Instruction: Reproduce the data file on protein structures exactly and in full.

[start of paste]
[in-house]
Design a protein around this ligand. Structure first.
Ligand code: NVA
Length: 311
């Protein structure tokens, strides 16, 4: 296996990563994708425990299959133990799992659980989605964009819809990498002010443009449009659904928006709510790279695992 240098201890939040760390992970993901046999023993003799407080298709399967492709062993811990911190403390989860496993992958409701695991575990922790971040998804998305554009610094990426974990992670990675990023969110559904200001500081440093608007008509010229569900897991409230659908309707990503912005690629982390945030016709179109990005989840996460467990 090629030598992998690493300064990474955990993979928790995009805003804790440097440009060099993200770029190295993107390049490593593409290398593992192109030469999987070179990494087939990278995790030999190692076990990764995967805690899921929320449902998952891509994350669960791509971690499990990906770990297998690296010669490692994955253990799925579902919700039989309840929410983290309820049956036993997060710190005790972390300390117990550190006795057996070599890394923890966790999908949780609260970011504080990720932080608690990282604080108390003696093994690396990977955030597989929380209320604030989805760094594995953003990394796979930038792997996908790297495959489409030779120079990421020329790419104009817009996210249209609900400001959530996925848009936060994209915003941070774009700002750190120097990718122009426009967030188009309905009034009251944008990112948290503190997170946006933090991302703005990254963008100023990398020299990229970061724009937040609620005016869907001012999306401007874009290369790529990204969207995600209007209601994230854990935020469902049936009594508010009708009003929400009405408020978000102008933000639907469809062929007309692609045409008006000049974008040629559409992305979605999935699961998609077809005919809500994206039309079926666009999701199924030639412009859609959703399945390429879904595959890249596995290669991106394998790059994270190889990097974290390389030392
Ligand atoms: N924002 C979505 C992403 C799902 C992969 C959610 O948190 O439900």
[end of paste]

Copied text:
[in-house]
Design a protein around this ligand. Structure first.
Ligand code: NVA
Length: 311
């Protein structure tokens, strides 16, 4: 296996990563994708425990299959133990799992659980989605964009819809990498002010443009449009659904928006709510790279695992 240098201890939040760390992970993901046999023993003799407080298709399967492709062993811990911190403390989860496993992958409701695991575990922790971040998804998305554009610094990426974990992670990675990023969110559904200001500081440093608007008509010229569900897991409230659908309707990503912005690629982390945030016709179109990005989840996460467990 090629030598992998690493300064990474955990993979928790995009805003804790440097440009060099993200770029190295993107390049490593593409290398593992192109030469999987070179990494087939990278995790030999190692076990990764995967805690899921929320449902998952891509994350669960791509971690499990990906770990297998690296010669490692994955253990799925579902919700039989309840929410983290309820049956036993997060710190005790972390300390117990550190006795057996070599890394923890966790999908949780609260970011504080990720932080608690990282604080108390003696093994690396990977955030597989929380209320604030989805760094594995953003990394796979930038792997996908790297495959489409030779120079990421020329790419104009817009996210249209609900400001959530996925848009936060994209915003941070774009700002750190120097990718122009426009967030188009309905009034009251944008990112948290503190997170946006933090991302703005990254963008100023990398020299990229970061724009937040609620005016869907001012999306401007874009290369790529990204969207995600209007209601994230854990935020469902049936009594508010009708009003929400009405408020978000102008933000639907469809062929007309692609045409008006000049974008040629559409992305979605999935699961998609077809005919809500994206039309079926666009999701199924030639412009859609959703399945390429879904595959890249596995290669991106394998790059994270190889990097974290390389030392
Ligand atoms: N924002 C979505 C992403 C799902 C992969 C959610 O948190 O439900």